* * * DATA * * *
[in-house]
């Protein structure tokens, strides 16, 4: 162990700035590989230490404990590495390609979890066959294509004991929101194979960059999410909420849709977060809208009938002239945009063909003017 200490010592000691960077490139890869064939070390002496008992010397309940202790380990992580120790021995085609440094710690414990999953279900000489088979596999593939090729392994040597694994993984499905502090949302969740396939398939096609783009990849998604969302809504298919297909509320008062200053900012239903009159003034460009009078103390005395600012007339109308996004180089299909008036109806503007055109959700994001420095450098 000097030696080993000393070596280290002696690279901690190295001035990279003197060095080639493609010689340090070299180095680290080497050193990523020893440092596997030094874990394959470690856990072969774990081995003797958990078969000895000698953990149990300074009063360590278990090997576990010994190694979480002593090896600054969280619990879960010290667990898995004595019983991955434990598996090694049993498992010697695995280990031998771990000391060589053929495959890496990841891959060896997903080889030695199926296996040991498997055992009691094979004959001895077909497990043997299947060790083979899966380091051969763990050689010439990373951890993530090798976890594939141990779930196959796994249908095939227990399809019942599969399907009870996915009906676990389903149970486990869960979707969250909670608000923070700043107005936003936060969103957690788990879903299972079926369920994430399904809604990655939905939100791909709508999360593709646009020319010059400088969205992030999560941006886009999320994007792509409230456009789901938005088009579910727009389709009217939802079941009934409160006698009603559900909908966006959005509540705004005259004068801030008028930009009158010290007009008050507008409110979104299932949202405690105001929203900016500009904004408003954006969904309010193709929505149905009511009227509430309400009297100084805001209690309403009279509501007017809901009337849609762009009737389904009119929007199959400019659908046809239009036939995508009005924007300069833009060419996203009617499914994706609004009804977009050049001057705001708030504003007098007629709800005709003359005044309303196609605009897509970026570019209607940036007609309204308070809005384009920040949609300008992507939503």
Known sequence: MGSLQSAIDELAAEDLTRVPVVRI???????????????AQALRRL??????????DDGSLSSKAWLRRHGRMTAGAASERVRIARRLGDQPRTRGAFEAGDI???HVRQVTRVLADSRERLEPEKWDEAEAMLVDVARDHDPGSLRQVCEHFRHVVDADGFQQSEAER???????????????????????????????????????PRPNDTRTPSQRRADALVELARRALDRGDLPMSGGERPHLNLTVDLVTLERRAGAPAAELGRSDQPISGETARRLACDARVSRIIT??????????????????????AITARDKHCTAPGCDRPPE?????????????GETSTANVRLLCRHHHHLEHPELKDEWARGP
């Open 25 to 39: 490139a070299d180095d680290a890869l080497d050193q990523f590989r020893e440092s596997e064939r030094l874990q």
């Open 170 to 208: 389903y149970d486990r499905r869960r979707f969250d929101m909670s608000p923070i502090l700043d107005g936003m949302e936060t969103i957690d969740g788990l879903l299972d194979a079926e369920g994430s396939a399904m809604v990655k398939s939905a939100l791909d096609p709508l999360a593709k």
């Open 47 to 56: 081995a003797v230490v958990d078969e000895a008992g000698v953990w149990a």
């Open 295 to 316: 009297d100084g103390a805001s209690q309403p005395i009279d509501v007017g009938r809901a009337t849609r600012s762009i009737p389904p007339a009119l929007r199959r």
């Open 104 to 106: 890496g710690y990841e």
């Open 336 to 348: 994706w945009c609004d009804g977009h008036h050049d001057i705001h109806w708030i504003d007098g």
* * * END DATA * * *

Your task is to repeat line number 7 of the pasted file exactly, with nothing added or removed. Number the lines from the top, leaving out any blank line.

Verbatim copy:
């Open 295 to 316: 009297d100084g103390a805001s209690q309403p005395i009279d509501v007017g009938r809901a009337t849609r600012s762009i009737p389904p007339a009119l929007r199959r």